This module engages with the plays of Shakespeare and his contemporaries as texts for performance; approached through a variety of critical, theoretical and practical methods. It considers the theatrical, cultural and historical conditions that produced and shaped them; examines the role played by the drama in a violent, volatile and rapidly-changing society; investigates and applies the principles of early modern playing spaces and performance practices, and considers the variety of ways in which these works have been encountered and reinvented in the modern period.
This module studies different approaches to physical training for performance. It covers examples from around the world, though developments in Europe during the twentieth century provide a focus for the module. The module is oriented towards training for 'physical theatre' – a term which emerged at the end of the twentieth century and refers to a shift away from script, playwright and linear narrative. As such naturalism and the work of Stanislavski do not fall within the remit of this module.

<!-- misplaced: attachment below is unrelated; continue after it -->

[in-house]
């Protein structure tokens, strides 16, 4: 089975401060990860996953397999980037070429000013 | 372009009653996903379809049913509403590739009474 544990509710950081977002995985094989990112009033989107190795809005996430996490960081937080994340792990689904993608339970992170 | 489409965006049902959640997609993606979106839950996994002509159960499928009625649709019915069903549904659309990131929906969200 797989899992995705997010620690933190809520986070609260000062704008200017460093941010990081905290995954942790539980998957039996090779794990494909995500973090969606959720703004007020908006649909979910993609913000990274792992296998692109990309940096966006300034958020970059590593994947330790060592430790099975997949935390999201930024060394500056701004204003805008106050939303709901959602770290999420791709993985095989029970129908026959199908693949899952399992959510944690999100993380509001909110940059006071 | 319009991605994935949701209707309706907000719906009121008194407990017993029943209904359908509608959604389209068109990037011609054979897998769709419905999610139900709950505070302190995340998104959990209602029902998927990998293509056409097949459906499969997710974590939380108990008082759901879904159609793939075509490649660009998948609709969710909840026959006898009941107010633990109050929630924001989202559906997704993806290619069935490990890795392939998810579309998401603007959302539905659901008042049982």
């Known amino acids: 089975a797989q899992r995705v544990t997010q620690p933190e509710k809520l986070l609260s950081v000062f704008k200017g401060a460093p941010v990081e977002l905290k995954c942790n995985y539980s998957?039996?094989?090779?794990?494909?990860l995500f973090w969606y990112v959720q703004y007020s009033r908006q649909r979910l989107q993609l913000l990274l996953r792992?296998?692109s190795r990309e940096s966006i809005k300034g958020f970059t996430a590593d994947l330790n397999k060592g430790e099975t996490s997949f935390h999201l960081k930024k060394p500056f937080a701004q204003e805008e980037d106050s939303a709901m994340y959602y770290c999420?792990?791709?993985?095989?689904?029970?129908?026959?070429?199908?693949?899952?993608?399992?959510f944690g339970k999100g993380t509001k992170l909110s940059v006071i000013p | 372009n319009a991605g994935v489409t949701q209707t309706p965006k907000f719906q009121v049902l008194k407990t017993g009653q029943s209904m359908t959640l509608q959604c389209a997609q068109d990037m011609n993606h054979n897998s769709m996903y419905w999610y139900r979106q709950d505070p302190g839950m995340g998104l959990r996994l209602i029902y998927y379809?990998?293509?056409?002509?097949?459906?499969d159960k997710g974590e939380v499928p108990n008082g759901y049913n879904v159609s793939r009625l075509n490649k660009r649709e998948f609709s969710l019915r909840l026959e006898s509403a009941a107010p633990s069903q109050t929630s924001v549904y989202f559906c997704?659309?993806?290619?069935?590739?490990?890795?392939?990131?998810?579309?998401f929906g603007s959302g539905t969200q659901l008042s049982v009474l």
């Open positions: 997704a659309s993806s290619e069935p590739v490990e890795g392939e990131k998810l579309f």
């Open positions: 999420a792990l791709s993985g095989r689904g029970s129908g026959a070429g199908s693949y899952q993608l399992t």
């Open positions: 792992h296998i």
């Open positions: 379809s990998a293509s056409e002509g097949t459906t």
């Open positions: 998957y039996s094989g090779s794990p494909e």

Students will gain valuable practical experience of physical training in weekly workshops where they will explore the fundamental principles of training the body. Indicative areas include:
• Posture, centre, balance, energy, space, tension, relaxation, sound within the body.
• Precision and clarity in movement
• Presence, spontaneity and improvisation
The module makes elementary investigations into the relationship between training and performance composition, an aspect which will be further explored in Physical Theatre 2.
Practice will be contextualised by historical and theoretical reading that explores the landscape from which the term ‘Physical Theatre’ emerged in the twentieth century. Key historical figures include: Jacques Copeau, Antonin Artaud, Edward Gordon Craig, Jerzy Grotowski, Eugenio Barba, and Jacques Lecoq, among others. Grotowski’s term ‘Poor Theatre’ is a crucial starting point for the module, and we explore how a performer might be prepared for a performance style that focuses so fully on the performer’s body in space, and the demands that come with that style. Eugenio Barba’s ideas about ‘pre-expressivity’ and the study of performer training across different cultures and disciplines are also important.